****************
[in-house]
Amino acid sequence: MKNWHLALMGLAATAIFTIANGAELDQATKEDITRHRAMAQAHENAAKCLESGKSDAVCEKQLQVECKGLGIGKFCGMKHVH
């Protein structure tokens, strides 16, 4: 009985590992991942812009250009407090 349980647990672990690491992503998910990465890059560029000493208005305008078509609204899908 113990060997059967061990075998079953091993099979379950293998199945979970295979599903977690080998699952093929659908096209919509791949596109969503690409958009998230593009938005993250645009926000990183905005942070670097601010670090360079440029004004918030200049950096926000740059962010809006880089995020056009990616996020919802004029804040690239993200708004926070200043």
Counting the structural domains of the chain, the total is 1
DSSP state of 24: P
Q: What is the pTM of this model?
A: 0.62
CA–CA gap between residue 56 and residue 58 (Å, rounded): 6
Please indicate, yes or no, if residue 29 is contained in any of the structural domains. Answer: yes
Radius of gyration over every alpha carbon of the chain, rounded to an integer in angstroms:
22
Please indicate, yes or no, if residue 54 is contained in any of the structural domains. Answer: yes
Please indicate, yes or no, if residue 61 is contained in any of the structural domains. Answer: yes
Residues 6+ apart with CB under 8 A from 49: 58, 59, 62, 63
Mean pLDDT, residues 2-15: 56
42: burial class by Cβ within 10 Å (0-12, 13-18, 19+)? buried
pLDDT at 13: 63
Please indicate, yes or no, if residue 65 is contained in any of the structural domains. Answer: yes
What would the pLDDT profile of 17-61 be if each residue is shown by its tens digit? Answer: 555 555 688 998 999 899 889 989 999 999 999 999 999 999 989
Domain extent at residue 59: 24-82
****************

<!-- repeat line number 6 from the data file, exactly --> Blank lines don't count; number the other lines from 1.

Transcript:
Q: What is the pTM of this model?